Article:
Liver drug may slow progress of Parkinson’s disease

Aug 11, 2015

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A new research has found that a drug that has already been in use for the treatment of liver disease can be effective in the treatment of or slow the progression of Parkinson’s disease. The study could help in paving way for early clinical trials of the drug ursodeoxycholic acid in people with Parkinson’s disease.

Liver medicine side-effects

Oliver Bandmann, Professor at the University of Sheffield in England said that UDCA has been clinically used for many years and can thus be advanced to clinic rapidly provided it proves to be of benefit in clinical trial.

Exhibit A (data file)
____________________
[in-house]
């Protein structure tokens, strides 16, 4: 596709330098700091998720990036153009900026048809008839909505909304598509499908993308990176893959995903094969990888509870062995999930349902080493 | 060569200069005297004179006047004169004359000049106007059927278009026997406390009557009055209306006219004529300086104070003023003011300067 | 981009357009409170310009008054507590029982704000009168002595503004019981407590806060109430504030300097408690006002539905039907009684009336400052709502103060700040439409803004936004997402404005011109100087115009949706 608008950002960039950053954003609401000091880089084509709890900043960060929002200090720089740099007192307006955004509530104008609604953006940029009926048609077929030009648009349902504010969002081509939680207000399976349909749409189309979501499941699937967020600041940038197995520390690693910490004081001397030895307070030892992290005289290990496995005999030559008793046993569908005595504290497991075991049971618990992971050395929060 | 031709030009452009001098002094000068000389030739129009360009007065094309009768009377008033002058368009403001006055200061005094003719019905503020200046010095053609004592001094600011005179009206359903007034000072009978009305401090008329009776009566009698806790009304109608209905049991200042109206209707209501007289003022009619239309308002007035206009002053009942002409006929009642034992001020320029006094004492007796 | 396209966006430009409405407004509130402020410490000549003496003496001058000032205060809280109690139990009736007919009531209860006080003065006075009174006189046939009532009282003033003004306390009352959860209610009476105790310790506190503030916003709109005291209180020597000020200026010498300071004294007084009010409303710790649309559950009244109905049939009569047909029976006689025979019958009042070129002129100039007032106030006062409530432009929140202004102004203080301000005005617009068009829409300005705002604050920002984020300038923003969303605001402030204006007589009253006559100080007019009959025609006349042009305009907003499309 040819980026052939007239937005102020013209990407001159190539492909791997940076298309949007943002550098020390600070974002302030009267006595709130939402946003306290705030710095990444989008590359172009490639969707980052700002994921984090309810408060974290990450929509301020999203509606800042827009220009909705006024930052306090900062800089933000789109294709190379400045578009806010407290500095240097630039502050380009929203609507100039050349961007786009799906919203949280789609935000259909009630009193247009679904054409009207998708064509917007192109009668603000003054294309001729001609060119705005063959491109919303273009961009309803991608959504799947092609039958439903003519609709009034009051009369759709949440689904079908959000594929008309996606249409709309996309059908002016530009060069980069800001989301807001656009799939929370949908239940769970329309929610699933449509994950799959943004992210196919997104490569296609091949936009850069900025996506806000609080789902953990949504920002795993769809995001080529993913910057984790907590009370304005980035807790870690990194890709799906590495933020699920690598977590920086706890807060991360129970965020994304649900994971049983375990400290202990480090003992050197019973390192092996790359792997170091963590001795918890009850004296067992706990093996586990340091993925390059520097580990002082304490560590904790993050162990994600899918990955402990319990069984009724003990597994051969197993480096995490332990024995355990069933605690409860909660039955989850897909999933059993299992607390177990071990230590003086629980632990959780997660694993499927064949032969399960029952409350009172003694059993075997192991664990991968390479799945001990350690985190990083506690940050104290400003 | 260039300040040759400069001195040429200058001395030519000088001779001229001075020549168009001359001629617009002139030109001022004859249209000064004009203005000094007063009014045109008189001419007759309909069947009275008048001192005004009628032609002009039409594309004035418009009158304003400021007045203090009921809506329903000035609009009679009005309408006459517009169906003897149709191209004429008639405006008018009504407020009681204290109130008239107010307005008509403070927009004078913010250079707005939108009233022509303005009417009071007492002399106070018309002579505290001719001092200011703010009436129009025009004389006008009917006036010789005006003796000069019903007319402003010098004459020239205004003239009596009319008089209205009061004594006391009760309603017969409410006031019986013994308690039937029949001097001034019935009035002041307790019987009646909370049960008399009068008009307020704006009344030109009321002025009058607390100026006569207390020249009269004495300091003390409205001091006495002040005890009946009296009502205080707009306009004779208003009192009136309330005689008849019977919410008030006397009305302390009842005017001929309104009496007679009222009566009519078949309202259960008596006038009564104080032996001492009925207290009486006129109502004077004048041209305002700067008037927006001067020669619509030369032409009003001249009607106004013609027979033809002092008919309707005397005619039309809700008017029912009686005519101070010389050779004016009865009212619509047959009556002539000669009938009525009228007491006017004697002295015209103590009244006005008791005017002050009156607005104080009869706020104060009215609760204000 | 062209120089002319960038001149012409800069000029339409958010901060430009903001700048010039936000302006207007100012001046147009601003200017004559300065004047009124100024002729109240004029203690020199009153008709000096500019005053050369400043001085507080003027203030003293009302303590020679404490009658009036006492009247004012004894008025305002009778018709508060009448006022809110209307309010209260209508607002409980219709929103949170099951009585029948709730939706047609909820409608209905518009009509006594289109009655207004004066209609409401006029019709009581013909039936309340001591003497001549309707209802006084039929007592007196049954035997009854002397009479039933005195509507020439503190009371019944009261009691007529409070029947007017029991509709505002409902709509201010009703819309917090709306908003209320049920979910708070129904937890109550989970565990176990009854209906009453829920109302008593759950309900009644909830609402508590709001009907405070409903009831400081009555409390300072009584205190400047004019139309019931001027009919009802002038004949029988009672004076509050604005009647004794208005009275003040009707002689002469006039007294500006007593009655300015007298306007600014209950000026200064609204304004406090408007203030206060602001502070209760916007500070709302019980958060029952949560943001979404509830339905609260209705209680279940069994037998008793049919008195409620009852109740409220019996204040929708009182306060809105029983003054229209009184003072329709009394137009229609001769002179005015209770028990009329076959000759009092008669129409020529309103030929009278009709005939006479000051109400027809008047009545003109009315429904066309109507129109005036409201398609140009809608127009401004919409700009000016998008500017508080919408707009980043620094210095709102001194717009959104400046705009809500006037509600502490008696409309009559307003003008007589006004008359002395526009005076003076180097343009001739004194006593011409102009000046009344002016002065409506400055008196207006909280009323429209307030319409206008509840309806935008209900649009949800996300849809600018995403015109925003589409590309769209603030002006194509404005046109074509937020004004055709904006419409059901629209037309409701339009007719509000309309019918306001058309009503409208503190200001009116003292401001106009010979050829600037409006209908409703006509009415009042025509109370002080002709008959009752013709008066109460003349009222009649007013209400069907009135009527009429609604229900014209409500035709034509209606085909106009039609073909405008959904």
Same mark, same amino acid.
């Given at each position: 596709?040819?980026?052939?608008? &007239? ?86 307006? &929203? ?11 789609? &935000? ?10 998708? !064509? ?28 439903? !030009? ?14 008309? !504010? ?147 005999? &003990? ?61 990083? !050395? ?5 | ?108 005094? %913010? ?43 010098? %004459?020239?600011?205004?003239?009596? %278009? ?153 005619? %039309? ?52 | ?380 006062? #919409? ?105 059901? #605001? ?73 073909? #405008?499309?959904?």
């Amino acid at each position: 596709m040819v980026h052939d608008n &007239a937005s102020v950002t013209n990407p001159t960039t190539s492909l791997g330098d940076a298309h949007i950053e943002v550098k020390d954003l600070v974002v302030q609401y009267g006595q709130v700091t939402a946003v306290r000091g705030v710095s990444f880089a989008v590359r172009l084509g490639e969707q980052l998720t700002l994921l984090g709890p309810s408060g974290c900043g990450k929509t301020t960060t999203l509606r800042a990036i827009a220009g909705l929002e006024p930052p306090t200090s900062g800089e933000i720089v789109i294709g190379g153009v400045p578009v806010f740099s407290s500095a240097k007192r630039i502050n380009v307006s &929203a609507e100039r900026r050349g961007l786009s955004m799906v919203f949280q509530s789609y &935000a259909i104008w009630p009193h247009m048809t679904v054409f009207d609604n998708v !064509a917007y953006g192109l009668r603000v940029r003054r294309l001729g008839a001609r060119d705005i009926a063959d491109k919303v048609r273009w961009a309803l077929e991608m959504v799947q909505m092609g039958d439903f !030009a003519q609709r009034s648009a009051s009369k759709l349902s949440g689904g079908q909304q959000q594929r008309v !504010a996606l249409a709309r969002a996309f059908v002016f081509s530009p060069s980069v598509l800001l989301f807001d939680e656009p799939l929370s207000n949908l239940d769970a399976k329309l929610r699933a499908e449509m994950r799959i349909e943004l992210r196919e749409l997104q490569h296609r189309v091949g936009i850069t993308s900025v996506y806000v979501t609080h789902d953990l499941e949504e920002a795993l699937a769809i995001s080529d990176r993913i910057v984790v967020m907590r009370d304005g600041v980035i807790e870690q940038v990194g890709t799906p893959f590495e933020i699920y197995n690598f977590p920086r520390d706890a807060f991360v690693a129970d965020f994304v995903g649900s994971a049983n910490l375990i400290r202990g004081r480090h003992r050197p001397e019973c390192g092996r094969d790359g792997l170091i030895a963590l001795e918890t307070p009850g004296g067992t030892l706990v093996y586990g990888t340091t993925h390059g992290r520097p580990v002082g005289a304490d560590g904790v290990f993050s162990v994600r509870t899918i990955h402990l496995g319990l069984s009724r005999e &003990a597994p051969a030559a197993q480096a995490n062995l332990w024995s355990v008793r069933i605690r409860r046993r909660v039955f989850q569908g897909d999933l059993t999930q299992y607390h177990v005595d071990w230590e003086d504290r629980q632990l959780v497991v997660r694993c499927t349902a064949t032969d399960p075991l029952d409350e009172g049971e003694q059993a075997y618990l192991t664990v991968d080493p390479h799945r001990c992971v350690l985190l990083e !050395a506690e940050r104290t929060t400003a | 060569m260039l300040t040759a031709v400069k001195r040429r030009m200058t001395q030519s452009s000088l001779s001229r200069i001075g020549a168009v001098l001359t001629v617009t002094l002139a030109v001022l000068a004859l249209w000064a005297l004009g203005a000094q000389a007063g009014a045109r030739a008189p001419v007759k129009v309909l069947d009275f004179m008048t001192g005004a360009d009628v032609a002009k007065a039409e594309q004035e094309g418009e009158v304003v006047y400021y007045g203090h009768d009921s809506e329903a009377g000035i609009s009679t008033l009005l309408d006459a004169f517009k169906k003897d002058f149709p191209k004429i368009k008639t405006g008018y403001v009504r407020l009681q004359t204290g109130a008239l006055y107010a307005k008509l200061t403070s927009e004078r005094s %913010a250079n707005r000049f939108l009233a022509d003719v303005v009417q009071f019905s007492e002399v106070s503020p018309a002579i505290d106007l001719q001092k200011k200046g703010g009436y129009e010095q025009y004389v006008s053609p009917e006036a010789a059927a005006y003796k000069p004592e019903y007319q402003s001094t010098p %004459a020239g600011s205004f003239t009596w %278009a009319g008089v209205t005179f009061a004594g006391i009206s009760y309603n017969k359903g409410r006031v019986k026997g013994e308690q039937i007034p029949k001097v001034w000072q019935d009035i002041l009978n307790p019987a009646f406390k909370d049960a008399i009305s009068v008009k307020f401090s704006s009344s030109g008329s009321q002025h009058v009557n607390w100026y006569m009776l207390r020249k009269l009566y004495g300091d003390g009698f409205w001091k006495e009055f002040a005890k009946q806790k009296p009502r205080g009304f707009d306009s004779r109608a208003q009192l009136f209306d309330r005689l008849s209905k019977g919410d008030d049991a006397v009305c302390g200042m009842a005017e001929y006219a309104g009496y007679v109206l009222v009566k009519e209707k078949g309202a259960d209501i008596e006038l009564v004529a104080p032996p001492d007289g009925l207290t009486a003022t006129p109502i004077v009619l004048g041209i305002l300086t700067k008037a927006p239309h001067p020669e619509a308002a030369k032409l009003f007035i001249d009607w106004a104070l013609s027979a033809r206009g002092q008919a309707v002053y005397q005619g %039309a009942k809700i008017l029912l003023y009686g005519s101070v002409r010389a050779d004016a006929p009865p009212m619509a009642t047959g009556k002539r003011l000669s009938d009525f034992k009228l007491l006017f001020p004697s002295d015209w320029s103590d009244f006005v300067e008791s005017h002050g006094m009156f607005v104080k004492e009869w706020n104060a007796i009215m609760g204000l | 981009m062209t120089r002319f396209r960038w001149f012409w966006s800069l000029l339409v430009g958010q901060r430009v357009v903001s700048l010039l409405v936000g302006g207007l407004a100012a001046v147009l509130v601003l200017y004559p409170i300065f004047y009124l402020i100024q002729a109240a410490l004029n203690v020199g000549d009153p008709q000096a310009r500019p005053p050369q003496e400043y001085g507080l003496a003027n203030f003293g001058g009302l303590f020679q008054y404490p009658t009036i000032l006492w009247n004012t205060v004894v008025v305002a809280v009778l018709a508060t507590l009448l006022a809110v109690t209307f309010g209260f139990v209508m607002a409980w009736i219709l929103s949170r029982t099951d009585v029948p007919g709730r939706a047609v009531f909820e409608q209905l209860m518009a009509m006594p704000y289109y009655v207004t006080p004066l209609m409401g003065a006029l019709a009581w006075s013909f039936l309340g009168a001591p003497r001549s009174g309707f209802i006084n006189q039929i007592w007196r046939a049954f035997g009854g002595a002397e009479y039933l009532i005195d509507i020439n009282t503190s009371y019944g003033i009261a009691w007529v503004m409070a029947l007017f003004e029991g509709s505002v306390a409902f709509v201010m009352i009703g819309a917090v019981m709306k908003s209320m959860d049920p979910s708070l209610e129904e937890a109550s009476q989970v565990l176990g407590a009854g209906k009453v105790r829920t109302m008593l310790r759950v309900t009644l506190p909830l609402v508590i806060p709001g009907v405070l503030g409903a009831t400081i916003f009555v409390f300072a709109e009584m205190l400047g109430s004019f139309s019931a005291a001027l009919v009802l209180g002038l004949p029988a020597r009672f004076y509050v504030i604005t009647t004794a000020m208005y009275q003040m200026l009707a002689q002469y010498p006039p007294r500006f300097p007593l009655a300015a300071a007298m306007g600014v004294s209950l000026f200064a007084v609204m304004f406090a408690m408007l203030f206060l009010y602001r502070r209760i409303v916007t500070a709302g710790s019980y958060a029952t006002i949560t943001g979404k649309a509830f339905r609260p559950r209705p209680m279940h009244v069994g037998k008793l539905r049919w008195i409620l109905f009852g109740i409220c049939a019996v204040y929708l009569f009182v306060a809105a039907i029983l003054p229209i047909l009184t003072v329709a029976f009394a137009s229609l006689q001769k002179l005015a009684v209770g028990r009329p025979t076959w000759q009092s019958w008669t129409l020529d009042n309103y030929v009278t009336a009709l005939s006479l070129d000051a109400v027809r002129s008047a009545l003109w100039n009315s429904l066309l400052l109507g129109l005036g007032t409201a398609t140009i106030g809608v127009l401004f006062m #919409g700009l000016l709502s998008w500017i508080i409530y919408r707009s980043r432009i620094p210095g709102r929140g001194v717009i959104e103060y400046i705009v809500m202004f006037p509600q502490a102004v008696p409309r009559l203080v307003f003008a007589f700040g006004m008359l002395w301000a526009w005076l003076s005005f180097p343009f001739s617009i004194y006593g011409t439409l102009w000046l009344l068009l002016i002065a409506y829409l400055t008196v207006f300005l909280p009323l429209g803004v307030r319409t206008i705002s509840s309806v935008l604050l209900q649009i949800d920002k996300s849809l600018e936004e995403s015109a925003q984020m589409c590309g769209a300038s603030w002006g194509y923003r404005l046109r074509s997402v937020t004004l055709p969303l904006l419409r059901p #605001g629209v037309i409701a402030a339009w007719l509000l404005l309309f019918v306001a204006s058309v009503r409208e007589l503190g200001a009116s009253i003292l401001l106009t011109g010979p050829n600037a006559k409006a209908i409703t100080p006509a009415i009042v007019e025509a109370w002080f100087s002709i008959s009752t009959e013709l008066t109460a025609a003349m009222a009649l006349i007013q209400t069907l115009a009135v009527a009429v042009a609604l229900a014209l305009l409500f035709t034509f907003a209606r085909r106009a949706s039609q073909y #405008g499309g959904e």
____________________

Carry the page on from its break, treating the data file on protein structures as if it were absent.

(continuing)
A single-most common inherited cause of Parkinson’s disease has been said to be a mutation in the LRRK2 gene. The precise mechanism that triggers the development of Parkinson’s is, however, not clear. Defects in the mitochondria, which is the powerhouse of a cell, are a cause of a number of diseases that affect the nervous system.

Nerve cells tend to have a very high energy demand and therefore, a defect in the cell’s energy generators can crucially affects its survival.
Heather Mortiboy from the University of Sheffield explained, "We demonstrated the beneficial effects of UDCA in the tissue of LRRK2 carriers with Parkinson's disease as well as currently asymptomatic LRRK2 carriers. In both cases, UDCA improved mitochondrial function as demonstrated by the increase in oxygen consumption and cellular energy levels".

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Source: Medical News Today